MOSCOW, Nov 14 (Reuters) - Brazil, Russia, India, China and South Africa, a group of major emerging economies known as BRICS, back the idea of developing a common payment system, a Russian official said on Thursday.
Russia and its BRICS peers have been looking for ways to decrease their dependence on the U.S. dollar and have advocated using their national currencies in mutual trade.
Kirill Dmitriev, the head of the Russian Direct Investment Fund (RDIF), said “increasing non-market risks of the global payment infrastructure” was behind the plan to integrate the group’s national payment systems.
“An efficient BRICS payment system can encourage payments in national currencies and ensure sustainable payments and investments among our countries, which make up over 20% of the global inflow of foreign direct investment,” Dmitriev, a member of the BRICS Business Council, told reporters.
He did not give details about the payment system envisaged, but Russia began developing a national payment system as an alternative to the Belgium-based SWIFT financial messaging service in 2014 after Western sanctions were imposed on Moscow.
U.S. and other Western sanctions aimed to punish Russia for the annexation of Crimea and its role in the Ukrainian crisis.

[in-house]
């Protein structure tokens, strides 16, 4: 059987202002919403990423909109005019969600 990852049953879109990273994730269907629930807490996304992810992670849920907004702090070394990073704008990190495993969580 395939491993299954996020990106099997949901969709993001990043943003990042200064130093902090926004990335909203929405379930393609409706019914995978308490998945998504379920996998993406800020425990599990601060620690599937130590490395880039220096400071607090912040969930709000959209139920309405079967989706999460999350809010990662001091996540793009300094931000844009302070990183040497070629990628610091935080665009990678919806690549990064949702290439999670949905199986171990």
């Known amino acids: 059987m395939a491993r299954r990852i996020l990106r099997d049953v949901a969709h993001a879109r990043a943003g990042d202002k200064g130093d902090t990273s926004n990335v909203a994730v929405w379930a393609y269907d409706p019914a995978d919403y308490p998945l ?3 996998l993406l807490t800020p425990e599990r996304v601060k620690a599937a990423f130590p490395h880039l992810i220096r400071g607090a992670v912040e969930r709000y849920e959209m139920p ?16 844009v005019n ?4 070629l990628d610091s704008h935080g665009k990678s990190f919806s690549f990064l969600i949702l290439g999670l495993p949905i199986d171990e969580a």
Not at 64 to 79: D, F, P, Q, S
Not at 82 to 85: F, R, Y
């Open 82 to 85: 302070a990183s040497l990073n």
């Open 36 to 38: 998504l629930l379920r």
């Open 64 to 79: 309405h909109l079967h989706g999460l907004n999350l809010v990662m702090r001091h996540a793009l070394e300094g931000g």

Dmitriev said the five BRICS nations had also discussed creating a common cryptocurrency for mutual payments as the grouping was reducing the share of payments in the U.S. dollar.
The share of the dollar in Russian foreign trade payments has fallen to 50% from 92% over the past few years, while the rouble’s share has risen to 14% from 3%, he said.
Dmitriev did not say whether Russia supported the idea of the common BRICS cryptocurrency. Previously, Russian officials spoke against any cryptocurrencies, warning that they could be used in money laundering or financing terrorism.
The BRICS Business Council has also supported the Russian-backed initiative to create coordination centres for mutual investments within the BRICS bloc, Dmitriev said. (Writing by Andrey Ostroukh; Editing by Edmund Blair)